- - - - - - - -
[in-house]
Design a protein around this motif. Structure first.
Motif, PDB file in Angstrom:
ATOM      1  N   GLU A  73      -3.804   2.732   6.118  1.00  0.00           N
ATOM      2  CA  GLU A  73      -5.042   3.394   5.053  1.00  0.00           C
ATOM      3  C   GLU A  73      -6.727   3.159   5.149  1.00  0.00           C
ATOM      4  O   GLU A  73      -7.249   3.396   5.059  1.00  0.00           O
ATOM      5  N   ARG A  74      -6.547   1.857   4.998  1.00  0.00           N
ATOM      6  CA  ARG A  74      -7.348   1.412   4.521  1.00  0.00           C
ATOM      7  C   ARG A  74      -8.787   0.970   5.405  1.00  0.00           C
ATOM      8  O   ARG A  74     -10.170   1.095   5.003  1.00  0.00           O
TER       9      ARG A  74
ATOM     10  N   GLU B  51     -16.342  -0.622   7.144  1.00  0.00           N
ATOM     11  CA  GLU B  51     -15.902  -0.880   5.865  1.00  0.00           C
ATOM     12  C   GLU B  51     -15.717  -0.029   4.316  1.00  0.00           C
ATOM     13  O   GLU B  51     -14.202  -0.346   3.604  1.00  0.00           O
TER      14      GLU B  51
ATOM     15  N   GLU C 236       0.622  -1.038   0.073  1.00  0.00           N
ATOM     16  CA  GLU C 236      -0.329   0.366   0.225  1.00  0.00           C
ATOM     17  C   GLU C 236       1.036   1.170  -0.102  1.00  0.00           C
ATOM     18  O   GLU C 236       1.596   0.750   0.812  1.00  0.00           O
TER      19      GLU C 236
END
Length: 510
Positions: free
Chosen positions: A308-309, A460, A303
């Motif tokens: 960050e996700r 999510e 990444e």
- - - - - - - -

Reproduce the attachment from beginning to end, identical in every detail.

[in-house]
Design a protein around this motif. Structure first.
Motif, PDB file in Angstrom:
ATOM      1  N   GLU A  73      -3.804   2.732   6.118  1.00  0.00           N
ATOM      2  CA  GLU A  73      -5.042   3.394   5.053  1.00  0.00           C
ATOM      3  C   GLU A  73      -6.727   3.159   5.149  1.00  0.00           C
ATOM      4  O   GLU A  73      -7.249   3.396   5.059  1.00  0.00           O
ATOM      5  N   ARG A  74      -6.547   1.857   4.998  1.00  0.00           N
ATOM      6  CA  ARG A  74      -7.348   1.412   4.521  1.00  0.00           C
ATOM      7  C   ARG A  74      -8.787   0.970   5.405  1.00  0.00           C
ATOM      8  O   ARG A  74     -10.170   1.095   5.003  1.00  0.00           O
TER       9      ARG A  74
ATOM     10  N   GLU B  51     -16.342  -0.622   7.144  1.00  0.00           N
ATOM     11  CA  GLU B  51     -15.902  -0.880   5.865  1.00  0.00           C
ATOM     12  C   GLU B  51     -15.717  -0.029   4.316  1.00  0.00           C
ATOM     13  O   GLU B  51     -14.202  -0.346   3.604  1.00  0.00           O
TER      14      GLU B  51
ATOM     15  N   GLU C 236       0.622  -1.038   0.073  1.00  0.00           N
ATOM     16  CA  GLU C 236      -0.329   0.366   0.225  1.00  0.00           C
ATOM     17  C   GLU C 236       1.036   1.170  -0.102  1.00  0.00           C
ATOM     18  O   GLU C 236       1.596   0.750   0.812  1.00  0.00           O
TER      19      GLU C 236
END
Length: 510
Positions: free
Chosen positions: A308-309, A460, A303
């Motif tokens: 960050e996700r 999510e 990444e």